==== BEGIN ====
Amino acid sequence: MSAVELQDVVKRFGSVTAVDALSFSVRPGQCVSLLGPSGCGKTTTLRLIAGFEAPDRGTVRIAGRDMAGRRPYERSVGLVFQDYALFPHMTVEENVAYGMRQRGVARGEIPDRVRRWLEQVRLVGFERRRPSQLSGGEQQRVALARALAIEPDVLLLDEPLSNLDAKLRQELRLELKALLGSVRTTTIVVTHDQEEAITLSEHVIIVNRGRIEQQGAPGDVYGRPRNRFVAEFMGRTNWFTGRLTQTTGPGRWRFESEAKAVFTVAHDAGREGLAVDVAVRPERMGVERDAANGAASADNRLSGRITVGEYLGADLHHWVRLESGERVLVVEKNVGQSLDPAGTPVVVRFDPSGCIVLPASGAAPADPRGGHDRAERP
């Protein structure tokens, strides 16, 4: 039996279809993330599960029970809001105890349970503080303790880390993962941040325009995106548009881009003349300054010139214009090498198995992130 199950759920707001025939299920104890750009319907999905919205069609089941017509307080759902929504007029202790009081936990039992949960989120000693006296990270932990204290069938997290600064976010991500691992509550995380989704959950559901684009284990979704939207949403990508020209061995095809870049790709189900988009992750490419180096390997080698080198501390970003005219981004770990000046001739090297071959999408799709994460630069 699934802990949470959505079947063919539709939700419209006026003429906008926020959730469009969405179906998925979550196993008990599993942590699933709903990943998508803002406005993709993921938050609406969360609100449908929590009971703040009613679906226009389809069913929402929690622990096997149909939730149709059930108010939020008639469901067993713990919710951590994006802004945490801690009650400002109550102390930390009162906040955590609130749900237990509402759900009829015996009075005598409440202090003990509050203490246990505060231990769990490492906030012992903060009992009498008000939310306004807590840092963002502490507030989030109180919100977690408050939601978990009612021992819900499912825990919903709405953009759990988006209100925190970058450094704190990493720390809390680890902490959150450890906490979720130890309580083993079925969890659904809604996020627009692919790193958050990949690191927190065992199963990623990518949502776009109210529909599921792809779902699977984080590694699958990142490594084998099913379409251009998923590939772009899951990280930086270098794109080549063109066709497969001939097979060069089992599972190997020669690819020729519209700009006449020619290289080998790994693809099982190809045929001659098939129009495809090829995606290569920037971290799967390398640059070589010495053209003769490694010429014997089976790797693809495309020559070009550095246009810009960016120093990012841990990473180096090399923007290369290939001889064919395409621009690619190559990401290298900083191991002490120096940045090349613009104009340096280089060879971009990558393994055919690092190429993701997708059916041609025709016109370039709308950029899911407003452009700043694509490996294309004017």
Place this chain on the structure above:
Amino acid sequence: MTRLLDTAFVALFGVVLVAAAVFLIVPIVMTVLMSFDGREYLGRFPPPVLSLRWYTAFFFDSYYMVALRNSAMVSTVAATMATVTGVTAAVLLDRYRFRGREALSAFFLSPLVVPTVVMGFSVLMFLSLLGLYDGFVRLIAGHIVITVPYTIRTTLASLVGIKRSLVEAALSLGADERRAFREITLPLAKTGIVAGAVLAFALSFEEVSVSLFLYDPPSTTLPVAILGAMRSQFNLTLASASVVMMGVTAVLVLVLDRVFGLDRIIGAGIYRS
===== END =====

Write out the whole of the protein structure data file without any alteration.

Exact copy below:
Amino acid sequence: MSAVELQDVVKRFGSVTAVDALSFSVRPGQCVSLLGPSGCGKTTTLRLIAGFEAPDRGTVRIAGRDMAGRRPYERSVGLVFQDYALFPHMTVEENVAYGMRQRGVARGEIPDRVRRWLEQVRLVGFERRRPSQLSGGEQQRVALARALAIEPDVLLLDEPLSNLDAKLRQELRLELKALLGSVRTTTIVVTHDQEEAITLSEHVIIVNRGRIEQQGAPGDVYGRPRNRFVAEFMGRTNWFTGRLTQTTGPGRWRFESEAKAVFTVAHDAGREGLAVDVAVRPERMGVERDAANGAASADNRLSGRITVGEYLGADLHHWVRLESGERVLVVEKNVGQSLDPAGTPVVVRFDPSGCIVLPASGAAPADPRGGHDRAERP
């Protein structure tokens, strides 16, 4: 039996279809993330599960029970809001105890349970503080303790880390993962941040325009995106548009881009003349300054010139214009090498198995992130 199950759920707001025939299920104890750009319907999905919205069609089941017509307080759902929504007029202790009081936990039992949960989120000693006296990270932990204290069938997290600064976010991500691992509550995380989704959950559901684009284990979704939207949403990508020209061995095809870049790709189900988009992750490419180096390997080698080198501390970003005219981004770990000046001739090297071959999408799709994460630069 699934802990949470959505079947063919539709939700419209006026003429906008926020959730469009969405179906998925979550196993008990599993942590699933709903990943998508803002406005993709993921938050609406969360609100449908929590009971703040009613679906226009389809069913929402929690622990096997149909939730149709059930108010939020008639469901067993713990919710951590994006802004945490801690009650400002109550102390930390009162906040955590609130749900237990509402759900009829015996009075005598409440202090003990509050203490246990505060231990769990490492906030012992903060009992009498008000939310306004807590840092963002502490507030989030109180919100977690408050939601978990009612021992819900499912825990919903709405953009759990988006209100925190970058450094704190990493720390809390680890902490959150450890906490979720130890309580083993079925969890659904809604996020627009692919790193958050990949690191927190065992199963990623990518949502776009109210529909599921792809779902699977984080590694699958990142490594084998099913379409251009998923590939772009899951990280930086270098794109080549063109066709497969001939097979060069089992599972190997020669690819020729519209700009006449020619290289080998790994693809099982190809045929001659098939129009495809090829995606290569920037971290799967390398640059070589010495053209003769490694010429014997089976790797693809495309020559070009550095246009810009960016120093990012841990990473180096090399923007290369290939001889064919395409621009690619190559990401290298900083191991002490120096940045090349613009104009340096280089060879971009990558393994055919690092190429993701997708059916041609025709016109370039709308950029899911407003452009700043694509490996294309004017």
Place this chain on the structure above:
Amino acid sequence: MTRLLDTAFVALFGVVLVAAAVFLIVPIVMTVLMSFDGREYLGRFPPPVLSLRWYTAFFFDSYYMVALRNSAMVSTVAATMATVTGVTAAVLLDRYRFRGREALSAFFLSPLVVPTVVMGFSVLMFLSLLGLYDGFVRLIAGHIVITVPYTIRTTLASLVGIKRSLVEAALSLGADERRAFREITLPLAKTGIVAGAVLAFALSFEEVSVSLFLYDPPSTTLPVAILGAMRSQFNLTLASASVVMMGVTAVLVLVLDRVFGLDRIIGAGIYRS